Friday, January 4, 2008

Condo Fire in West Dover

It seems incredible, but every year there are deck fires, dumpster fires, and even residential fires like this that are caused by homeowners or their guests placing hot ashes in or on combustable surfaces. This condominium was a complete loss. The cause was determined to be a bag of fireplace ashes that had been left on the front deck.

Fire had just broken through the west side of the building in this photo.

By Mike Eldred
DOVER- No injuries were reported in a New Year’s Eve fire at a condominium unit at Greenspring at Mount Snow.
The fire was reported at about 7:30 on the evening of December 31. Even as the first firefighters were arriving on the scene, dispatchers were reporting that witnesses saw fire engulfing the structure. With fears of the fire spreading to other condominiums in the same unit, or worse, to nearby units, firefighters raised the status of the fire to a second alarm, bringing in units from around southern Vermont.

Looking toward the front of the building

In addition to the West Dover Fire Department, Wilmington, East Dover, Wardsboro, Stratton Mountain, and Brattleboro responded to the scene. Units from a handful of other southern Vermont towns were dispatched to provide cover at stations that had equipment at the scene.
By the time firefighters arrived on the scene, all occupants of the unit were out of the building.
Wilmington assistant fire chief Richard Covey assumed command of the scene, and firefighters from the various towns worked flawlessly together.
According to West Dover Fire Chief Rich Werner, water supply at the large condominium complex isn’t a problem, thanks to a number of fire ponds with dry hydrants scattered around the area. Pumpers from East Dover and Wilmington were able to pump water to firefighters battling the blaze.

West Dover Ladder Truck

It took some time to get water to West Dover’s ladder truck, which was strategically positioned on a hill above the burning unit. Once the water was hooked up, firefighters were able to use the ladder’s aerial hose to knock down the fire from above.
Meanwhile, teams of firefighters attacked the fire from the ground, despite cramped quarters between the building and the nearby hillside.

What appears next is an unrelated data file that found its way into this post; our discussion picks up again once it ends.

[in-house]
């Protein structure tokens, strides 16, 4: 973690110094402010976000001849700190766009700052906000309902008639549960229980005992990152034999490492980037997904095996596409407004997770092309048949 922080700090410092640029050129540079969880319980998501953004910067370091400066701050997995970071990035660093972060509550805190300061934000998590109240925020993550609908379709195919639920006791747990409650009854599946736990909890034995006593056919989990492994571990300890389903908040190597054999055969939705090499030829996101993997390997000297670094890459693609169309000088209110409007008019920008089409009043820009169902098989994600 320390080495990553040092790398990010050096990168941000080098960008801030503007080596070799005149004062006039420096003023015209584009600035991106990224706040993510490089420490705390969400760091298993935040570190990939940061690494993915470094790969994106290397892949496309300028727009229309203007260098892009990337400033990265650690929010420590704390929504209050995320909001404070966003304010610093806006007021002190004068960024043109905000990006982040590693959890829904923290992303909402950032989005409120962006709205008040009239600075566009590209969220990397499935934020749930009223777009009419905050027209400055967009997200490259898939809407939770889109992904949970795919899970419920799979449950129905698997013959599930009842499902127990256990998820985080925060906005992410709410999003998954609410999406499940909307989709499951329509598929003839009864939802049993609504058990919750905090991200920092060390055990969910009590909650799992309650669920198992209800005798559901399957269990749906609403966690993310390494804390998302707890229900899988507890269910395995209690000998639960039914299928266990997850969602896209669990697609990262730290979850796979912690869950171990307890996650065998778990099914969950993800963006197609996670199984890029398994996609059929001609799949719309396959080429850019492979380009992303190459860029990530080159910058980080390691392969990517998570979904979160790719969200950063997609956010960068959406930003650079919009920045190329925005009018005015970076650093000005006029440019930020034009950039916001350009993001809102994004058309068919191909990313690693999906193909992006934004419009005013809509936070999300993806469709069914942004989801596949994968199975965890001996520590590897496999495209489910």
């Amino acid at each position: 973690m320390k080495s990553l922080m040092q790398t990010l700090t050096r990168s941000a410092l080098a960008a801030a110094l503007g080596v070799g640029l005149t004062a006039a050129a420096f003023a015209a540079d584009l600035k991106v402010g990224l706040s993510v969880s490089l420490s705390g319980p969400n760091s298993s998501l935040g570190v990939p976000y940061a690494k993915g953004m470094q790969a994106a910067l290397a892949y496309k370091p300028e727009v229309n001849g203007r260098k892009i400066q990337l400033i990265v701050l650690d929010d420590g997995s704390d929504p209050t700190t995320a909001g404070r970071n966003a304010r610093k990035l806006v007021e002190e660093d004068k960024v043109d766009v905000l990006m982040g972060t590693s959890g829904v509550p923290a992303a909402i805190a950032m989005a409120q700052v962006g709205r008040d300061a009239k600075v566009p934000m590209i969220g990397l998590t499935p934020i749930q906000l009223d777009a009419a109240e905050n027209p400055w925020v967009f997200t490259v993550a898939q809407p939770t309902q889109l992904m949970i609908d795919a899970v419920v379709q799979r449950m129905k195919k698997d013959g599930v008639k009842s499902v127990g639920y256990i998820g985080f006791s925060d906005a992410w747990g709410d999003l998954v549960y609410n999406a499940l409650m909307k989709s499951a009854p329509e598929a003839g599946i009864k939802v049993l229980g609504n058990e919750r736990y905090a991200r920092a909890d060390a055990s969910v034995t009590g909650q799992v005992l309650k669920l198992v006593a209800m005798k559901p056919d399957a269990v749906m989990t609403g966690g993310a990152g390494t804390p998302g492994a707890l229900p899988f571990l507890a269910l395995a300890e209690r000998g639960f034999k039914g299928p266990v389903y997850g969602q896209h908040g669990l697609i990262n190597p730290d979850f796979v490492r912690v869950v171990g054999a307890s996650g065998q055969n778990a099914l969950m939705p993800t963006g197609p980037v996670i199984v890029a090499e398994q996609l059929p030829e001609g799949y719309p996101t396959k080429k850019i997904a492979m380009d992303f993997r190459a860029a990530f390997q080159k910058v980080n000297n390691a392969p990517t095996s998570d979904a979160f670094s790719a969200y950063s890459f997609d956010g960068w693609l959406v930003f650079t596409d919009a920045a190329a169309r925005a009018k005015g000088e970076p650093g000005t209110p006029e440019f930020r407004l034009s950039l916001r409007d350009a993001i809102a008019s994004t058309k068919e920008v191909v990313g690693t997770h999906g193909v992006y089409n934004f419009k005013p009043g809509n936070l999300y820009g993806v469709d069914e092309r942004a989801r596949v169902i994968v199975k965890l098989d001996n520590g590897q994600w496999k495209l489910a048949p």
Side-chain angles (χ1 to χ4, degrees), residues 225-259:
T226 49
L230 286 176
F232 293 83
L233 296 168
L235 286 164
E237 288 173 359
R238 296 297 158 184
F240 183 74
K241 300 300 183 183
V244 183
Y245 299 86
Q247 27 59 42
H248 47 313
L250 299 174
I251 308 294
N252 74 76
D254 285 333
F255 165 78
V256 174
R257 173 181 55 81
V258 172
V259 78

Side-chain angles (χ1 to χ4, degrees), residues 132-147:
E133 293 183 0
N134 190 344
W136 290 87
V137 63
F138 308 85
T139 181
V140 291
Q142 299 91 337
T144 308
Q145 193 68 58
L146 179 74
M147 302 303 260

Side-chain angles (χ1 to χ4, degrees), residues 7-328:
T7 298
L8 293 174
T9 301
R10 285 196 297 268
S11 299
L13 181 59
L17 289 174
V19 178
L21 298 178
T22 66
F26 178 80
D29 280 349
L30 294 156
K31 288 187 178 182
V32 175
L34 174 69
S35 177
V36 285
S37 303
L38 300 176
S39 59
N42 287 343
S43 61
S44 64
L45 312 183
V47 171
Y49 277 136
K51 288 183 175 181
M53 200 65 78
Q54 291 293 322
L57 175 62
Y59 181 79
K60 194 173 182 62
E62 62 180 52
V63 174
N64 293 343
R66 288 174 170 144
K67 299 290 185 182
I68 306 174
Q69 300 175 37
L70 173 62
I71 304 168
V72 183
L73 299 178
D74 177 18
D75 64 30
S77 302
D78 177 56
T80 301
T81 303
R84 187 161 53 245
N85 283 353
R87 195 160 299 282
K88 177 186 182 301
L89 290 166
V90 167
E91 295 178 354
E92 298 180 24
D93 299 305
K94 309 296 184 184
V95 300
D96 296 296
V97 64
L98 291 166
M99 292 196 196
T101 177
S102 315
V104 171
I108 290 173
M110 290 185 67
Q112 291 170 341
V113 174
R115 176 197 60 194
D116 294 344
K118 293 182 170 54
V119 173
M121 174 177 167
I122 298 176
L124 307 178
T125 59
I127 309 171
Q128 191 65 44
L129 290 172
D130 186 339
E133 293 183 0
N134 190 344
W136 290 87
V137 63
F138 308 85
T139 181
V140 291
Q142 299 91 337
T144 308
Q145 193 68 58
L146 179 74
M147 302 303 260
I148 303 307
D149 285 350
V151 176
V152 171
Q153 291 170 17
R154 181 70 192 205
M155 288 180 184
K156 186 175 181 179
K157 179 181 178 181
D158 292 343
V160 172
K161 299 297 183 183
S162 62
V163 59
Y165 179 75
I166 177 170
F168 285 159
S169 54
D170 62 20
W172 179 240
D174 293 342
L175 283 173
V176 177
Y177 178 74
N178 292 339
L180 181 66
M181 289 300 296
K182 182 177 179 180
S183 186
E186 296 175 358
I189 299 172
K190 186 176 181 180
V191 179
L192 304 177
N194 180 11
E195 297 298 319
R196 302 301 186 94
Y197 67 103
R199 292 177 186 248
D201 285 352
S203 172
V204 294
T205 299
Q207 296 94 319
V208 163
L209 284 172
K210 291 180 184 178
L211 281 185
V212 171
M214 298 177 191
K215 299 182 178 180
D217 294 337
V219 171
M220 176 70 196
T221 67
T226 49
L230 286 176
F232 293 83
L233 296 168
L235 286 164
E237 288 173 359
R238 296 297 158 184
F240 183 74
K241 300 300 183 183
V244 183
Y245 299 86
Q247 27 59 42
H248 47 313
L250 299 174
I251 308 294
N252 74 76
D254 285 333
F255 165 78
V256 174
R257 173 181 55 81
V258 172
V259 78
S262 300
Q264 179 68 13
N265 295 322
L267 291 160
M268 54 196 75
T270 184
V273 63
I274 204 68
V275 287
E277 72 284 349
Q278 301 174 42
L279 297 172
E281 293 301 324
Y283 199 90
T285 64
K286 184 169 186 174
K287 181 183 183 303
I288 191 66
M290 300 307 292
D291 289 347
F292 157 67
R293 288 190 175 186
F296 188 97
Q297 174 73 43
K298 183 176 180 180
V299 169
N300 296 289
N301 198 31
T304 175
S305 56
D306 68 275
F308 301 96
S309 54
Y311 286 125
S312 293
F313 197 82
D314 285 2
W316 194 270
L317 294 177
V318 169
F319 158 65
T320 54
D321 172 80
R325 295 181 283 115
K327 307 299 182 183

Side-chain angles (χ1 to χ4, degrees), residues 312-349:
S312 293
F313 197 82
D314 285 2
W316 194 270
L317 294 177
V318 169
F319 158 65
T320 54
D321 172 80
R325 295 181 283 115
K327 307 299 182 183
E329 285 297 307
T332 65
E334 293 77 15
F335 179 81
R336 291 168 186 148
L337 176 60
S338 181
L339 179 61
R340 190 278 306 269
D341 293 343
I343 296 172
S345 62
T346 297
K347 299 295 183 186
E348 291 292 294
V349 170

It wasn’t long before ladder trucks arrived from Brattleboro and Stratton Mountain to join in fighting the fire from above. Brattleboro took up a position near the front of the building, and Stratton set up near the back of the building, and soon the fire, which had been burning brightly, had been knocked down and was under control.

View from atop an embankment behind the building. The roof is burning in this photo.

Werner says the condominium unit was destroyed. "The roof is gone, and a couple of the walls were severely damaged," he says. "There was a lot of smoke and water damage on the main floor and throughout the unit."
Miraculously, however, damage to the adjoining unit was relatively light. "The fire was contained to just the one unit," Werner says. "The unit next door got a little smoke damage."
The good news for the neighbors is a testament not only to the quick action of firefighters, but also to Greensprings’ construction methods. The condominiums were built with fire breaks and firewalls between units to halt the spread of fire. Werner says they worked. "That’s good quality construction," Werner says. "They did everything right, in fact, I think they did more than code required."

Firefighters notified fire marshals from the Vermont Department of Fire Safety about the incident even before the blaze was fully extinguished. The state police and DFS conducted their investigation on Wednesday, January 2, and determined that the fire started on the front porch near a trash receptacle and some trash bags. According to the report, the occupants placed ash from their fireplace in a trash bag and put it on the porch near the other refuse. "Ignition from the ash to surrounding combustible materials in the trash bag and surrounding area caused this fire." No injuries were reported in the blaze, but the family’s pet hamster died in the fire. Damage was estimated to be in excess of $300,000. The fire was ruled accidental and no charges are to be filed.


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